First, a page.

Curriculum Vitae

One of our friends in The Learning Space, Bharathy, asked in our whatsapp group the following:

I have a question stemming from perhaps my ignorance. I will be grateful if you could share your thoughts/experiences. I have been having a hard time deciding whether to follow a curriculum or not. What makes some of you follow a curriculum and some of you not. Are your children motivated to follow a curriculum? For those who do not follow a curriculum and not going the exam route, can you please share what you envisage/foresee for your kids.

Many others in the group must be having similar questions. Given below is my response:

Let us start with the definition:

Depending on how broadly educators define or employ the term, curriculum typically refers to the knowledge and skills students are expected to learn, which includes the learning standards or learning objectives they are expected to meet; the units and lessons that teachers teach; the assignments and projects given to students; the books, materials, videos, presentations, and readings used in a course; and the tests, assessments, and other methods used to evaluate student learning ( source: )

This definition looks great until we read again and notice the word “expected” in it. As parents of kids who don’t go to regular schools, we know that the word “expected” ruins the entire definition. We don’t want to expect our kids to learn and grow. We already know and trust that they will learn and grow, not according to our specific expectations, but according to their own uniqueness. That is whole point of home based education.

Whether we homeschool, unschool or alt-school our children, to gain consistency and move through levels, we need, at the very least a “method-less method”. In other words, some form of curriculum is inevitable for developing basic competence in any subject.

However, Bharathy’s meaning of curriculum is different from a general definition of the word.

She is referring to an academic curriculum. She says, “For those who do not follow a curriculum and not going the exam route…”. That is, for many people, to follow a curriculum is to “go the exam route” and get certificates. That is the only expectation of parents whose kids go to school. However, for many parents who are reading this, certificates are probably a secondary expectation along with the primary expectation of the actual learning. Though secondary, certificates seem to be important.

We tend to think that the only kids who do not really need certificates are prodigies. Their talent and abilities are so obvious that they do not need to be certified by some institution. The reason their abilities are obvious is that prodigies demonstrate them with very high quality.

What about kids who are capable of demonstrating their abilities with a basic level of quality? Is that not good enough for an employer, investor or a research center to offer them opportunities in the form of jobs, funding and positions?

In my twenty years of chequered career in seven cities and three domains, I have not seen a single interviewer who has preferred certificates over a decent portfolio.

The choice is binary: We can either help our kids get certificates or help them create their own portfolio. Attempting do both with the same curriculum will make our kids grow into adults exactly like us – “could have been” people.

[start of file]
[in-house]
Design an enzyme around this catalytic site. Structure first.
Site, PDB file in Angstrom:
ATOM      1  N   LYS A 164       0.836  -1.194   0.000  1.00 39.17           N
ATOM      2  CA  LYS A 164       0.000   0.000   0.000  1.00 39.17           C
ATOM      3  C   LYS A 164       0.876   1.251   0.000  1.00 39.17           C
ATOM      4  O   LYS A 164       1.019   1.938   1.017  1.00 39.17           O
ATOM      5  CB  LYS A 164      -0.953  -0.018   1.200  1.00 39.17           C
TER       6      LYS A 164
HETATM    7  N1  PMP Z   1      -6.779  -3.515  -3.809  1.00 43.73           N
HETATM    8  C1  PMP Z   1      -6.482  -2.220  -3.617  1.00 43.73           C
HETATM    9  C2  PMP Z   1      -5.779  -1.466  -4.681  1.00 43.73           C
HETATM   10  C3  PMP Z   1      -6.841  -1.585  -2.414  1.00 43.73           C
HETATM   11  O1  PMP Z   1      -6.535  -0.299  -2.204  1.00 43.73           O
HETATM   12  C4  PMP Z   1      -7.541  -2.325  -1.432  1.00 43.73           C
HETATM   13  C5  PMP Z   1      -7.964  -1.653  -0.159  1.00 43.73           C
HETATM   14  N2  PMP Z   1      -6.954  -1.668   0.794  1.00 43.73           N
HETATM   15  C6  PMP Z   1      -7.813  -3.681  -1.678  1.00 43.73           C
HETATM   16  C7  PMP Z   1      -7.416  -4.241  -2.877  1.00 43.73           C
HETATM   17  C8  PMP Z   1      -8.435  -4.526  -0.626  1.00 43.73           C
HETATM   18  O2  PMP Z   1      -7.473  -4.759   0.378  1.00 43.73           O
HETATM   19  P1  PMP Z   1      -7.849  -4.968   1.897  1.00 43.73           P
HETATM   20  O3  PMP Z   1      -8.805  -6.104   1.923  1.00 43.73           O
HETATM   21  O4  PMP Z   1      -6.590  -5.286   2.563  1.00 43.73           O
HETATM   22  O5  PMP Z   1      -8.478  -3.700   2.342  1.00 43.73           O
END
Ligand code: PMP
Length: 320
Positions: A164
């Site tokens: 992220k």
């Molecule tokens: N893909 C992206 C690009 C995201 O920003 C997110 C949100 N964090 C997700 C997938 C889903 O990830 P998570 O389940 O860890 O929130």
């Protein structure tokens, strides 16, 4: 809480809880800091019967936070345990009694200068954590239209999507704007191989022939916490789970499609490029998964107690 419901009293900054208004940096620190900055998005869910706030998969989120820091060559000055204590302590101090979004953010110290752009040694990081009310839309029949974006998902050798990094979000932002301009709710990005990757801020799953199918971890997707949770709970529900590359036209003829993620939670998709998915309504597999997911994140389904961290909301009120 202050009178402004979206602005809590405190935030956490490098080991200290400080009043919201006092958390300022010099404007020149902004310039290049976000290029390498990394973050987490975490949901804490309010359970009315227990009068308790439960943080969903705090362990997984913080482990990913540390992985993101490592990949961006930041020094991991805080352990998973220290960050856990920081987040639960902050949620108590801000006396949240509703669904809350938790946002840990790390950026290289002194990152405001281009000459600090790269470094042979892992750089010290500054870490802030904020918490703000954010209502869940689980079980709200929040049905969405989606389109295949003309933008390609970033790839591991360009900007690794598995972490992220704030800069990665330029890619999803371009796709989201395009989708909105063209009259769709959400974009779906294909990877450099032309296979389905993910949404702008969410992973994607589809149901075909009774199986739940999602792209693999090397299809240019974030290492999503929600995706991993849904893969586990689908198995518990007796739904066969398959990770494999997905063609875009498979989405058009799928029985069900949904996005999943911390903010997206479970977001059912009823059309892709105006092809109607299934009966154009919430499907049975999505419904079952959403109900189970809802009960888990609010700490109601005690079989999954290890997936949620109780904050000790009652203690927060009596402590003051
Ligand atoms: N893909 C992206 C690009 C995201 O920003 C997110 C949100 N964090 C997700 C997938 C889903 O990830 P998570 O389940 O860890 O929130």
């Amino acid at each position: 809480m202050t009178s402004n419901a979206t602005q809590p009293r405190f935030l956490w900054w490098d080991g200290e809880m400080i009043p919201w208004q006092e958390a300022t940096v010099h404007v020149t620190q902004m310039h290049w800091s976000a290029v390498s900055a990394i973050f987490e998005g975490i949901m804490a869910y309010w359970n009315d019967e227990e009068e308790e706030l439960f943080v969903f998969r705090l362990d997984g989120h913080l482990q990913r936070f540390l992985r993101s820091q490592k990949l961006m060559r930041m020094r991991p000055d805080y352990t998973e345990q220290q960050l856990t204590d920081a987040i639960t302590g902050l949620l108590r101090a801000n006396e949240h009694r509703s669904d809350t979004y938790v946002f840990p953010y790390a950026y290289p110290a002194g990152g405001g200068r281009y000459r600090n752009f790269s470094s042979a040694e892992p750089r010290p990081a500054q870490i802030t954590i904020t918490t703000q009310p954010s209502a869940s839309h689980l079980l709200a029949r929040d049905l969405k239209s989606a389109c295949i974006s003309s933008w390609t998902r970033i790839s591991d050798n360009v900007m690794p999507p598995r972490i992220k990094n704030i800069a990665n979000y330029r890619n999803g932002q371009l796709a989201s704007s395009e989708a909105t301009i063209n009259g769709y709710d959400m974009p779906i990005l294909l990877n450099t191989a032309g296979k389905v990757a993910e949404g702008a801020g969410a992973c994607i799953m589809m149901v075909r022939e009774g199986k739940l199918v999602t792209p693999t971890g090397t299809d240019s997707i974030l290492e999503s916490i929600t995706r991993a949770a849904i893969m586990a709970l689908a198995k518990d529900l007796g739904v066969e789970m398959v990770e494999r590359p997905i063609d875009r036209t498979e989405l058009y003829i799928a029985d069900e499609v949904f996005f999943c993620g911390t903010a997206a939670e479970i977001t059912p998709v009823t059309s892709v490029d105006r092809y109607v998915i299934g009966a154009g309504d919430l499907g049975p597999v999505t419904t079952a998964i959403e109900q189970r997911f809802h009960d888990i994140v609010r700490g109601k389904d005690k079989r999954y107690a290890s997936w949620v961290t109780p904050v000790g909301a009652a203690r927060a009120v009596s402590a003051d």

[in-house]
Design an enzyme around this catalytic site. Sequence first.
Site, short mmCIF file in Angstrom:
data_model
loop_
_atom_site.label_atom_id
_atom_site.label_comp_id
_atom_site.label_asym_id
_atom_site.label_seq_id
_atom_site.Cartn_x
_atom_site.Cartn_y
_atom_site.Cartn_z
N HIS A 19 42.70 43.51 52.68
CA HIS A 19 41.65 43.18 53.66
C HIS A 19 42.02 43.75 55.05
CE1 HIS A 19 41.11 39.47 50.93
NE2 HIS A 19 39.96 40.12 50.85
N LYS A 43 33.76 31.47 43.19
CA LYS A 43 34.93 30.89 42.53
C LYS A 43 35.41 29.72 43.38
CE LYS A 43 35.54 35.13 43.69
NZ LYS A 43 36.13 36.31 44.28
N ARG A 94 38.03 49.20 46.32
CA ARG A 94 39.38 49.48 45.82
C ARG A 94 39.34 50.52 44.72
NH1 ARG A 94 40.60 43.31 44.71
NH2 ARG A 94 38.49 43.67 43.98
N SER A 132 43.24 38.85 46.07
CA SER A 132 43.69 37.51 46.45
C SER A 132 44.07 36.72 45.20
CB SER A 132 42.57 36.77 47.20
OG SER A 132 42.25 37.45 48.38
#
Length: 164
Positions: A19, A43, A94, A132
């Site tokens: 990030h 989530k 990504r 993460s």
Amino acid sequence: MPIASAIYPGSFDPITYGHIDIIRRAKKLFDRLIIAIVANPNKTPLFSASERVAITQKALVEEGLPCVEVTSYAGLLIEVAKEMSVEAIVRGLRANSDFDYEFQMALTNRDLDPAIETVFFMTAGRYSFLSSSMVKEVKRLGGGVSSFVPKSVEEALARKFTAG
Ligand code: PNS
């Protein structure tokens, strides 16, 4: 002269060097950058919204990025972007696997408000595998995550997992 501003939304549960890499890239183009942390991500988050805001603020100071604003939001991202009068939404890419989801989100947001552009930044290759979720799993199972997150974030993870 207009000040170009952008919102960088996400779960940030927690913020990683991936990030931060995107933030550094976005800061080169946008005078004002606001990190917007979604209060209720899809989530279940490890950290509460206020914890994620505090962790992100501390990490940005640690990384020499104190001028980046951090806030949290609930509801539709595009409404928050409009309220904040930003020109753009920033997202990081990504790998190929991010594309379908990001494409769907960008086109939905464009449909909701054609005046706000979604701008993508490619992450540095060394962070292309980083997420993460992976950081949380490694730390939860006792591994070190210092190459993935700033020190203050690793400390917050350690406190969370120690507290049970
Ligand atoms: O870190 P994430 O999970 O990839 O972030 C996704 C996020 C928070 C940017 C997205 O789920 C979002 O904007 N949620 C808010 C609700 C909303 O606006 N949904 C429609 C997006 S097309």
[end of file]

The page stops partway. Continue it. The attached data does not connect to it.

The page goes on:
A portfolio is a portable showcase of one’s talents. It could be in many forms – write-ups, audio, video, blog, objects, artifacts etc.

A certificate is piece of paper. It is a proxy for a portfolio. And a very poor one.

If we as parents think we have the commitment, time and resources to actively support our children’s education (as opposed to passively sending them to a school), then we need to shift our goal from certificates to a portfolio.

Supporting our children create their own portfolio requires a far more rigorous curriculum than that of a school. This is not a curriculum that will prepare them for a life that is to be lived many years later. It is a curriculum that a family needs to create for the whole family and not only for the children, to live life right now in a way that is full of peace and harmony, learning and fun. This “course of life” leading to the creation of actual values and benefits that can go into the portfolio.

The requirement of a portfolio is not for the same reason people require certificates. A portfolio is a means to help others engage and collaborate with us. It is not a tool to seek what we need. It is a means we are providing others to discover who we are and how to engage with us.

So, first, as a family, we need to create values and benefits for ourselves with whatever abilities and resources and within whatever constraints we have. Then we record and share a slice of our creations, our portfolio, with the world. Whoever happens to collaborate with us after discovering about us becomes our extended family and we create more values with them. This perspective will help us not fall into transactional relationships where we are always either seeking something from people “above us” or giving something to people “below us”. No transactional relationship can be equal. It is always calculative and skewed in favour of one party, especially if it involves money.

Many families reading this post have already been doing experiments in sustainable living for many years to different degrees. It would be great for us to commit to create a “Course of Life” (which is what Curriculum Vitae means), and collaborate to not merely study it but live it.

So Bharathy, thank you so much for asking this question. Shall we start designing a general family curriculum that each family can customize for itself?

Anyone interested in designing this family curriculum is welcome. Please SIGN UP to be part of the team.